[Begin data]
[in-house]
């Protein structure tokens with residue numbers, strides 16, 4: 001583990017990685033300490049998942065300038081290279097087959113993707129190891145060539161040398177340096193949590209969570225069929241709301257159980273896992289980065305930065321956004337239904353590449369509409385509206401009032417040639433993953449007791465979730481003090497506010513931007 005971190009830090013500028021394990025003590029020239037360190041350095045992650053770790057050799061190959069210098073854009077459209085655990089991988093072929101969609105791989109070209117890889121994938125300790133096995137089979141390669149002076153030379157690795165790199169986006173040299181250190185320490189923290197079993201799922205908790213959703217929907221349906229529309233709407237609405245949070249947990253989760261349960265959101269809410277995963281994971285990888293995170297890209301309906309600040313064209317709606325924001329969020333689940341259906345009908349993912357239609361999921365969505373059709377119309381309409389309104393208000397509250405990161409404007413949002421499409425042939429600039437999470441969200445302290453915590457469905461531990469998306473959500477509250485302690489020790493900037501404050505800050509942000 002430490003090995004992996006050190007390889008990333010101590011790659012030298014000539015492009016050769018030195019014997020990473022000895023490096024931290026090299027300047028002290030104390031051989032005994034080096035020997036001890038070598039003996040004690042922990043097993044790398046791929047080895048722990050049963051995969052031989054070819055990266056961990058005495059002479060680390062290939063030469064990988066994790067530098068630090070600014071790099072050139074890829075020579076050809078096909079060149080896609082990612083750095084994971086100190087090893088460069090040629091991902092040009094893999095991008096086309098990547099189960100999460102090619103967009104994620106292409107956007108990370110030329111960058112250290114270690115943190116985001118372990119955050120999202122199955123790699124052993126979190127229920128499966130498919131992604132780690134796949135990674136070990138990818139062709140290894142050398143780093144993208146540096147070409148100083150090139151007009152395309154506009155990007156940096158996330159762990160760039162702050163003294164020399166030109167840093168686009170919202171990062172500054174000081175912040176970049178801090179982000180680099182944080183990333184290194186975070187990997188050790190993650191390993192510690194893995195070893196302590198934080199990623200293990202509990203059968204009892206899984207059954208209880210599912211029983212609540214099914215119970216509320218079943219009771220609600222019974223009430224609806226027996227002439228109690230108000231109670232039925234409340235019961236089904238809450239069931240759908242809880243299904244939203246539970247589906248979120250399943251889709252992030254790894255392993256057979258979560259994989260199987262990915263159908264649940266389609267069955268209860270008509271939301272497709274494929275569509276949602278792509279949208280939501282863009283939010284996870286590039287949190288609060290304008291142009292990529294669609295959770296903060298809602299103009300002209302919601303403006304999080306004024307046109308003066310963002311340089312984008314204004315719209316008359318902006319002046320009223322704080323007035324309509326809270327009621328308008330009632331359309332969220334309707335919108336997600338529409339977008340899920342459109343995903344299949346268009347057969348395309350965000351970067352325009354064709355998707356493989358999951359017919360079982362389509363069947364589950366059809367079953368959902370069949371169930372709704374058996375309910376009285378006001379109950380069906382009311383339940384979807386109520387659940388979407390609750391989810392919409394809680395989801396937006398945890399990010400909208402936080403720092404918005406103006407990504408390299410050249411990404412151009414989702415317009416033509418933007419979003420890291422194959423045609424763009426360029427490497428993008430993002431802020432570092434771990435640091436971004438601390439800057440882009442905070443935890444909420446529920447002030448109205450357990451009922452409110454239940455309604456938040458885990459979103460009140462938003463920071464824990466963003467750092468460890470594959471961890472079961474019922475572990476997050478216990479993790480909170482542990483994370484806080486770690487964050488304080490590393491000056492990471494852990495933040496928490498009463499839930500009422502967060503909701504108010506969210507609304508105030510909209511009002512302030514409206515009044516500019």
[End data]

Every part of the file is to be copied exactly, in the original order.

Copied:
[in-house]
């Protein structure tokens with residue numbers, strides 16, 4: 001583990017990685033300490049998942065300038081290279097087959113993707129190891145060539161040398177340096193949590209969570225069929241709301257159980273896992289980065305930065321956004337239904353590449369509409385509206401009032417040639433993953449007791465979730481003090497506010513931007 005971190009830090013500028021394990025003590029020239037360190041350095045992650053770790057050799061190959069210098073854009077459209085655990089991988093072929101969609105791989109070209117890889121994938125300790133096995137089979141390669149002076153030379157690795165790199169986006173040299181250190185320490189923290197079993201799922205908790213959703217929907221349906229529309233709407237609405245949070249947990253989760261349960265959101269809410277995963281994971285990888293995170297890209301309906309600040313064209317709606325924001329969020333689940341259906345009908349993912357239609361999921365969505373059709377119309381309409389309104393208000397509250405990161409404007413949002421499409425042939429600039437999470441969200445302290453915590457469905461531990469998306473959500477509250485302690489020790493900037501404050505800050509942000 002430490003090995004992996006050190007390889008990333010101590011790659012030298014000539015492009016050769018030195019014997020990473022000895023490096024931290026090299027300047028002290030104390031051989032005994034080096035020997036001890038070598039003996040004690042922990043097993044790398046791929047080895048722990050049963051995969052031989054070819055990266056961990058005495059002479060680390062290939063030469064990988066994790067530098068630090070600014071790099072050139074890829075020579076050809078096909079060149080896609082990612083750095084994971086100190087090893088460069090040629091991902092040009094893999095991008096086309098990547099189960100999460102090619103967009104994620106292409107956007108990370110030329111960058112250290114270690115943190116985001118372990119955050120999202122199955123790699124052993126979190127229920128499966130498919131992604132780690134796949135990674136070990138990818139062709140290894142050398143780093144993208146540096147070409148100083150090139151007009152395309154506009155990007156940096158996330159762990160760039162702050163003294164020399166030109167840093168686009170919202171990062172500054174000081175912040176970049178801090179982000180680099182944080183990333184290194186975070187990997188050790190993650191390993192510690194893995195070893196302590198934080199990623200293990202509990203059968204009892206899984207059954208209880210599912211029983212609540214099914215119970216509320218079943219009771220609600222019974223009430224609806226027996227002439228109690230108000231109670232039925234409340235019961236089904238809450239069931240759908242809880243299904244939203246539970247589906248979120250399943251889709252992030254790894255392993256057979258979560259994989260199987262990915263159908264649940266389609267069955268209860270008509271939301272497709274494929275569509276949602278792509279949208280939501282863009283939010284996870286590039287949190288609060290304008291142009292990529294669609295959770296903060298809602299103009300002209302919601303403006304999080306004024307046109308003066310963002311340089312984008314204004315719209316008359318902006319002046320009223322704080323007035324309509326809270327009621328308008330009632331359309332969220334309707335919108336997600338529409339977008340899920342459109343995903344299949346268009347057969348395309350965000351970067352325009354064709355998707356493989358999951359017919360079982362389509363069947364589950366059809367079953368959902370069949371169930372709704374058996375309910376009285378006001379109950380069906382009311383339940384979807386109520387659940388979407390609750391989810392919409394809680395989801396937006398945890399990010400909208402936080403720092404918005406103006407990504408390299410050249411990404412151009414989702415317009416033509418933007419979003420890291422194959423045609424763009426360029427490497428993008430993002431802020432570092434771990435640091436971004438601390439800057440882009442905070443935890444909420446529920447002030448109205450357990451009922452409110454239940455309604456938040458885990459979103460009140462938003463920071464824990466963003467750092468460890470594959471961890472079961474019922475572990476997050478216990479993790480909170482542990483994370484806080486770690487964050488304080490590393491000056492990471494852990495933040496928490498009463499839930500009422502967060503909701504108010506969210507609304508105030510909209511009002512302030514409206515009044516500019």